My friend Krista was telling me enthusiastically about a course she took recently; they had been learning about edible wild plants and how to use them. I was out on a nature walk today with mum, my sister Terhi and her dog, and I remembered about the birch leaf crisps… So after a quick call* to Krista, I collected some birch leaves, rowan tree leaves and nettle leaves. Of course, it’s well into autumn here (albeit warmer than usual), and the optimal time for gathering is in the spring, when the leaves are fresh. Nevertheless, I figured you could get an idea of what works and if the results are yummy, we can make some in the spring.
I forgot to take the “Before” photos, and the “After” shot doesn’t look very delicious:
The leaves are quickly fried in oil — really quickly! I think I let them in the oil for a little bit too long, so the taste was a bit burned. I know I definitely over-salted them. It’s also a good idea to place them on a paper towel or something of the like to remove some of the excess oil.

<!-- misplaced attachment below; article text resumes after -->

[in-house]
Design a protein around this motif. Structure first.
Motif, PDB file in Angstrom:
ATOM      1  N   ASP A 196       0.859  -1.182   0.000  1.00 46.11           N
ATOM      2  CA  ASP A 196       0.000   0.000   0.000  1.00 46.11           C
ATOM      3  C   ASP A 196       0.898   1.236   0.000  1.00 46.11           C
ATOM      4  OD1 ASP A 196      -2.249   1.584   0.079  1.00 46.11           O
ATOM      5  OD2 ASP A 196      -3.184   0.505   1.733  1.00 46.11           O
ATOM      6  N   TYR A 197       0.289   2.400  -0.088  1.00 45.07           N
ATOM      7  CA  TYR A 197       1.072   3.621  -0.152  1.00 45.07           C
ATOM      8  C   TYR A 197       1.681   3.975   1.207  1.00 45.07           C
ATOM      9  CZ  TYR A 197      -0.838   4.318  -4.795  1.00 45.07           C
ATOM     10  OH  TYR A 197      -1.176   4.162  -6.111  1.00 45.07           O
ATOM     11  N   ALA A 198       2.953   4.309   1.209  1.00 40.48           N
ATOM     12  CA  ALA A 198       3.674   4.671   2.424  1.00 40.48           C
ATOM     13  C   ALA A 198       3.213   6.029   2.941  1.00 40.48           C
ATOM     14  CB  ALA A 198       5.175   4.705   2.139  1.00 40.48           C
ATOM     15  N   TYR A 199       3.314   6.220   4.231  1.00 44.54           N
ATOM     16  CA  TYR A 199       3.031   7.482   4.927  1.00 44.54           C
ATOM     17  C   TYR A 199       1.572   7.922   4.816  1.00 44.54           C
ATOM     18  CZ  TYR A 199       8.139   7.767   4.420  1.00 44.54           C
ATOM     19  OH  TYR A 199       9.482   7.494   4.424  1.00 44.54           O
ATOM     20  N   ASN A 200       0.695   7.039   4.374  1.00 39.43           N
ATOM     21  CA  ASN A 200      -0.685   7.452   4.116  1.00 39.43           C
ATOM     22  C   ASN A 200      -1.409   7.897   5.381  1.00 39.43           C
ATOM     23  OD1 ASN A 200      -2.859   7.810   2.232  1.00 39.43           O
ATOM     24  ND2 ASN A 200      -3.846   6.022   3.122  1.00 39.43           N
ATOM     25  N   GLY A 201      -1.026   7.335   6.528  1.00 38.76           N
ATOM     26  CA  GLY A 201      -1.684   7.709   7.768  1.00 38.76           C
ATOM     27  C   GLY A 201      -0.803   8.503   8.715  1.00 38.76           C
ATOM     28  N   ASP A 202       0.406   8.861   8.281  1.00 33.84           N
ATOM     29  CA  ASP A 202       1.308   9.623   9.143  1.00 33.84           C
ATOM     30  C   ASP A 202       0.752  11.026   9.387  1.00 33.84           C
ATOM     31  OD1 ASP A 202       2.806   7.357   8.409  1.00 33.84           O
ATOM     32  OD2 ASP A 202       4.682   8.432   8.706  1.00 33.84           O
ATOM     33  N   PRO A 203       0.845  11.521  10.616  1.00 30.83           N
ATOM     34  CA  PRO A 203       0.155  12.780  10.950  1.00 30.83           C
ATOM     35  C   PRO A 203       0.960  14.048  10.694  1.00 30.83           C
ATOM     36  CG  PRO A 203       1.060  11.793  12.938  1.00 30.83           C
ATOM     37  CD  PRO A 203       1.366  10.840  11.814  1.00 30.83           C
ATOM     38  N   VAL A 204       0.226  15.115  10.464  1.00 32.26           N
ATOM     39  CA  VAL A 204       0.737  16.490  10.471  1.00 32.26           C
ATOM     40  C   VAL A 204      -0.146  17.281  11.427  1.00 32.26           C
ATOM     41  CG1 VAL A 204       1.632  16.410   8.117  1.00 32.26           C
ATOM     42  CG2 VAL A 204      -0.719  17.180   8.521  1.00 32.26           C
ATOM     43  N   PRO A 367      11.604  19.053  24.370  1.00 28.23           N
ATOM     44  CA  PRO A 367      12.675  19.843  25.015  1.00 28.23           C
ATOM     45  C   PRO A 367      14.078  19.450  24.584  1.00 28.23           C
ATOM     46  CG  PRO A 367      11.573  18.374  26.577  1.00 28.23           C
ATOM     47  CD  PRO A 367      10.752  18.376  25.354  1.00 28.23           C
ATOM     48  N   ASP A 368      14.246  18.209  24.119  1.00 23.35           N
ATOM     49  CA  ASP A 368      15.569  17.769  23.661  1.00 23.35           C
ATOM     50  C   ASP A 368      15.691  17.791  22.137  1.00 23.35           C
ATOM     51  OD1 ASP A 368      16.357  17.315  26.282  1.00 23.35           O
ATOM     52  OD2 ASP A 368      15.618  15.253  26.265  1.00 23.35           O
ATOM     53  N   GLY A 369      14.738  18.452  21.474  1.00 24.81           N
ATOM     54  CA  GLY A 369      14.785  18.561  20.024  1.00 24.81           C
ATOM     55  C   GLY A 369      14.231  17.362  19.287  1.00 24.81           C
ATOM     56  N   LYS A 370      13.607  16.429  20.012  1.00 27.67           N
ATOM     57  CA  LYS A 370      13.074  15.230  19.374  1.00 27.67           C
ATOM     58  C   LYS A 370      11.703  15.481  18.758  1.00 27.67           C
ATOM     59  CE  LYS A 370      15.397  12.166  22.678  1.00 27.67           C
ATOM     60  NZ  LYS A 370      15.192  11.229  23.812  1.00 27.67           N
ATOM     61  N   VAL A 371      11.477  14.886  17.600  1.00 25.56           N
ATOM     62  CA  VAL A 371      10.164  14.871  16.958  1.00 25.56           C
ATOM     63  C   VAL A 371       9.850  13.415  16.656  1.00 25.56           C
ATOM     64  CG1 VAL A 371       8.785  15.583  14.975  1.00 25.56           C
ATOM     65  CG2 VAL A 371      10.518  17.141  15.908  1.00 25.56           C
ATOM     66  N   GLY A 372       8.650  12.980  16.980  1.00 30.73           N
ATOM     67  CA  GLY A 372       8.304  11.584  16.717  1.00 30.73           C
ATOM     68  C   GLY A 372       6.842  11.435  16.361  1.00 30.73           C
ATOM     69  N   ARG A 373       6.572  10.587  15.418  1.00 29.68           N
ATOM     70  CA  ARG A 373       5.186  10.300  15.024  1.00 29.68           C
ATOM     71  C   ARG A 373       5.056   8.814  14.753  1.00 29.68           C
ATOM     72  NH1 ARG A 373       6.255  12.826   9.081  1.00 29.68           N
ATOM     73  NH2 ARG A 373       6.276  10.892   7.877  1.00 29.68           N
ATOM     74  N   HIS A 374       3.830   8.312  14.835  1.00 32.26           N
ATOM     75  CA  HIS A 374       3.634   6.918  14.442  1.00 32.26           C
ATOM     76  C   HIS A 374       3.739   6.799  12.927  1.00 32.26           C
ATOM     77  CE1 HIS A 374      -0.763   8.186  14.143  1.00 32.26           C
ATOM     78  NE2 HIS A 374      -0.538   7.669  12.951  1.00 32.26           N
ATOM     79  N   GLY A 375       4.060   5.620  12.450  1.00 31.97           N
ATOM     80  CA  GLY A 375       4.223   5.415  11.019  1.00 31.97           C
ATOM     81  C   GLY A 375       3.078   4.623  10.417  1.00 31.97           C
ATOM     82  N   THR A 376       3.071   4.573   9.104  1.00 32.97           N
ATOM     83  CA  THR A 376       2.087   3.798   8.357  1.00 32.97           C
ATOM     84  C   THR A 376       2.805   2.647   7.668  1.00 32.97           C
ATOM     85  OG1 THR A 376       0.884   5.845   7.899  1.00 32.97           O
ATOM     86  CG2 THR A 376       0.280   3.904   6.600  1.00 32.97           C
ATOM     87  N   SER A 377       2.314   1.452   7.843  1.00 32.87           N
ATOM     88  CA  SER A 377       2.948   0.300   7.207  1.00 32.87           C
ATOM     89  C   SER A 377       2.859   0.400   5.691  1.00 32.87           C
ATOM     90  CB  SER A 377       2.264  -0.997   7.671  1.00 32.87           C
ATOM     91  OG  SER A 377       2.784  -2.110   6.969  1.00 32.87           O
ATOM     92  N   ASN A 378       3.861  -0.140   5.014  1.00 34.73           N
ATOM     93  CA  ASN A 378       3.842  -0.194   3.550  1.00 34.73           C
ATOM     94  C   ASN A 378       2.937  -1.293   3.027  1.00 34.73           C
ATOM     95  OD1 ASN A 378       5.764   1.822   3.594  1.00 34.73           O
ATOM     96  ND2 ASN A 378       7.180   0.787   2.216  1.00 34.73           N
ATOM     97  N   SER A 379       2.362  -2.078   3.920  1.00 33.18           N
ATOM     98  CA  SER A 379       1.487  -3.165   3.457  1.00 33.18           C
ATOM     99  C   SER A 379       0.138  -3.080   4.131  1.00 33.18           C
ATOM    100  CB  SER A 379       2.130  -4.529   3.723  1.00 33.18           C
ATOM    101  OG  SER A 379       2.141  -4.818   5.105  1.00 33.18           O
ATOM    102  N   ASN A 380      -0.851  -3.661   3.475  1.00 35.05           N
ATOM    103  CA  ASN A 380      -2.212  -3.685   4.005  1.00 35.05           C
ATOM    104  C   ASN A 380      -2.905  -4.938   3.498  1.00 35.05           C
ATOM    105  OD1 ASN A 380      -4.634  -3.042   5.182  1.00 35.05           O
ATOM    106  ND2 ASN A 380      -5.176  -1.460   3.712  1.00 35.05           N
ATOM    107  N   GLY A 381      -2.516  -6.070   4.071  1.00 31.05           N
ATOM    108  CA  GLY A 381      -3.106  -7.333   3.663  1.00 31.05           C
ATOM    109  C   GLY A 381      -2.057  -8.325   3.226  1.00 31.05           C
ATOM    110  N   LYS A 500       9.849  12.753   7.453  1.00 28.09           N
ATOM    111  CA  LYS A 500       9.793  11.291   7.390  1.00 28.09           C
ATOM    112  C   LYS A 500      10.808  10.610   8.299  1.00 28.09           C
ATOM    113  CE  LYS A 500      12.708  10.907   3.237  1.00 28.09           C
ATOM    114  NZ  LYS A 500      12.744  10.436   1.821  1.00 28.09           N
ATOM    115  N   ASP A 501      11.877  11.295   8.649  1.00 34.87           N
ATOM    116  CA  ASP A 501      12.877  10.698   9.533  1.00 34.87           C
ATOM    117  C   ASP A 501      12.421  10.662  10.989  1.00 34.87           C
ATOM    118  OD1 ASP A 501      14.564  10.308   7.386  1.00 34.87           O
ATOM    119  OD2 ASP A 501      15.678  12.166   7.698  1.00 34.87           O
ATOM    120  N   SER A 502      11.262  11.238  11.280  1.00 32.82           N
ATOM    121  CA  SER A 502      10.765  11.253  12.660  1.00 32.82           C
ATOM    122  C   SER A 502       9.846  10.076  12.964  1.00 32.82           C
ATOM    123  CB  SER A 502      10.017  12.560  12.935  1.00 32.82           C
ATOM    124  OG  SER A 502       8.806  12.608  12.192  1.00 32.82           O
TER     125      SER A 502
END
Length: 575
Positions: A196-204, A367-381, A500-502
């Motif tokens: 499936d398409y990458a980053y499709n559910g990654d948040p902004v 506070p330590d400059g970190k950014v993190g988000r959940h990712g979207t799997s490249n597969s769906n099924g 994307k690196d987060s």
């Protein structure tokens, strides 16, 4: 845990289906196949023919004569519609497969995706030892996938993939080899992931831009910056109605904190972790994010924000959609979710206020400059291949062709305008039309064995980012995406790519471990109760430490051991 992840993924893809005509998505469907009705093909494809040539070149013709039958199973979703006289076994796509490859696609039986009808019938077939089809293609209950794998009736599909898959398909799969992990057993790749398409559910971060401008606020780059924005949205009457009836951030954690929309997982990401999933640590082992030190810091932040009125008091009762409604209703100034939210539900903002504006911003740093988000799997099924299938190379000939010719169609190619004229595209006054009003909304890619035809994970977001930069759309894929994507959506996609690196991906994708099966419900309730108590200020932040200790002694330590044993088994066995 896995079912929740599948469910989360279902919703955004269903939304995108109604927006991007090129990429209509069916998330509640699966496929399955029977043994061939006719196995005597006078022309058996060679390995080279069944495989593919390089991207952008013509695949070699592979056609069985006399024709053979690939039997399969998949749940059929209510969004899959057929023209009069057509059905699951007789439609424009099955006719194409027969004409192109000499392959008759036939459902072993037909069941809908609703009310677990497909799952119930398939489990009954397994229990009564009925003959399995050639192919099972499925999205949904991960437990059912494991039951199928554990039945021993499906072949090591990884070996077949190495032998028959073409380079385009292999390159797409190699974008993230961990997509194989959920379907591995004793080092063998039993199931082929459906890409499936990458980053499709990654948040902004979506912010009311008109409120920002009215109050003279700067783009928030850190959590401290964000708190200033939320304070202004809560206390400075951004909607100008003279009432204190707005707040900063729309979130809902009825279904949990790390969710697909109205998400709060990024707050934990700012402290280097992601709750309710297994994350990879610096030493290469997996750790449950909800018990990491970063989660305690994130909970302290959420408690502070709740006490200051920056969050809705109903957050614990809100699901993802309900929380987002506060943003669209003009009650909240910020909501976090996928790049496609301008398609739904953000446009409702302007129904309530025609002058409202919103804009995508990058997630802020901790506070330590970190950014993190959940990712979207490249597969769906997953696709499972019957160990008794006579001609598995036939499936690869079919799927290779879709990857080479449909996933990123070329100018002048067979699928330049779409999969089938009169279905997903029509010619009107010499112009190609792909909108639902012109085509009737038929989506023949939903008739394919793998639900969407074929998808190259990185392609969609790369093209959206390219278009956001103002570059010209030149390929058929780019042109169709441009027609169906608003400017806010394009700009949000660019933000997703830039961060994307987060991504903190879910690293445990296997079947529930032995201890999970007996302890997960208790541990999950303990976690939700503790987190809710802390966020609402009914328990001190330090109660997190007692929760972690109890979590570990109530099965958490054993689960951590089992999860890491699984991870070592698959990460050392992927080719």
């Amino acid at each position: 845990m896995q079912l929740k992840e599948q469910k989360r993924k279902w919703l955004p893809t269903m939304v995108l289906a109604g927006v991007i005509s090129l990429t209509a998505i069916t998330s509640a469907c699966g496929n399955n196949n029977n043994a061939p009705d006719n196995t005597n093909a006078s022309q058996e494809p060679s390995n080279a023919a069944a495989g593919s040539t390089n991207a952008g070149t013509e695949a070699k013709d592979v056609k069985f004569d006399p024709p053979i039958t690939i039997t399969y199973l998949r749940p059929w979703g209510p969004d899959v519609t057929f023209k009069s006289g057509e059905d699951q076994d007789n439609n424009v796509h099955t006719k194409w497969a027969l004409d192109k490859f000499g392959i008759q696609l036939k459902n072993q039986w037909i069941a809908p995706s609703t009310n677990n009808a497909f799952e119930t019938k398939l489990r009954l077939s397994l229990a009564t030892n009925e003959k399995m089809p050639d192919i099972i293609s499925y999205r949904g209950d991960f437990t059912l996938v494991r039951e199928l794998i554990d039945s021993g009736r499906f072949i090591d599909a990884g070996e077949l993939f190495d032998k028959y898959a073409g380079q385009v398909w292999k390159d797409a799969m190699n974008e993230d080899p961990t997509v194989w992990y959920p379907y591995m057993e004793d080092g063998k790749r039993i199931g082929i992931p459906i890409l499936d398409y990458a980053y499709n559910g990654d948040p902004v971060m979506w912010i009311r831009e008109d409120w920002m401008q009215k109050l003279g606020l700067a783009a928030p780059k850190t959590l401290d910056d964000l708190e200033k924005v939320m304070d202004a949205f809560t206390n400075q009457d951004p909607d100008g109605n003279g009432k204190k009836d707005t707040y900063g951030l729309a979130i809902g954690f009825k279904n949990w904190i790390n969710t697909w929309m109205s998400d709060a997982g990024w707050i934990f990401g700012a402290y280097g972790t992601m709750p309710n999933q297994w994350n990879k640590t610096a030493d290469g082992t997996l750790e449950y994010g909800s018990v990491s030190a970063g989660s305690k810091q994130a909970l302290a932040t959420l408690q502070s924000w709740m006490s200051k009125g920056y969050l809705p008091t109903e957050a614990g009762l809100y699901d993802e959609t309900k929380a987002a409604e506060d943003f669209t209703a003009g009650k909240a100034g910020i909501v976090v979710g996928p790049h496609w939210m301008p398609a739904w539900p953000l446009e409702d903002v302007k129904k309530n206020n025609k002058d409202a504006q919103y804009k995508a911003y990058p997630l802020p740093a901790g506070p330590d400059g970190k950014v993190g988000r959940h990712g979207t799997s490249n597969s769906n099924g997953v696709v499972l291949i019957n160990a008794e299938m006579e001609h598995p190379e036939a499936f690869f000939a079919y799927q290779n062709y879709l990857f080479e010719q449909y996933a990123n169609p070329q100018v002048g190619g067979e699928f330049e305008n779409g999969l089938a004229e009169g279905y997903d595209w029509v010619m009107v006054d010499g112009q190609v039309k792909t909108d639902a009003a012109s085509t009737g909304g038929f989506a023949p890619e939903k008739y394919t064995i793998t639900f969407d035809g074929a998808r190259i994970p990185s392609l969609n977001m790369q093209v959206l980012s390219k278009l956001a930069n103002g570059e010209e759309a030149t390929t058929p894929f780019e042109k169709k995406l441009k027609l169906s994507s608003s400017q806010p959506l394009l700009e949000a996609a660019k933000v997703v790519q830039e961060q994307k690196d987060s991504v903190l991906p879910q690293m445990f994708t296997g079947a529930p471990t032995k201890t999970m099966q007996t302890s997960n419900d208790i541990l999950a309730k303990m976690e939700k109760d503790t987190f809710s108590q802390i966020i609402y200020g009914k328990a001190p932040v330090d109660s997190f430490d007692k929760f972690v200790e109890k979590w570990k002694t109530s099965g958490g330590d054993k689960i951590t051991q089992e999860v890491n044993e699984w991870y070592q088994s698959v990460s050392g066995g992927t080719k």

I used two types of birch leaves, but I can’t tell the individual names. The ones with velvety (and a little rounder) leaves tasted a little “bready” (or is that flour-ly?), but not bad. The sleeker (shape and texture) leaves were about the same, maybe a bit drier.
Rowan tree leaves had a slightly bitter aftertaste, but they weren’t too bad either. Maybe something for people who like vinegar…
Nettle leaves were definitely the tastiest of the bunch, possibly because they had more moisture than the others.
I can definitely see why fresh spring leaves would be better than autumn leaves even though I tried to pick ones as fresh as possible. I’ll definitely try this again come spring!
*About half an hour, which counts as a quick call when talking with her. :D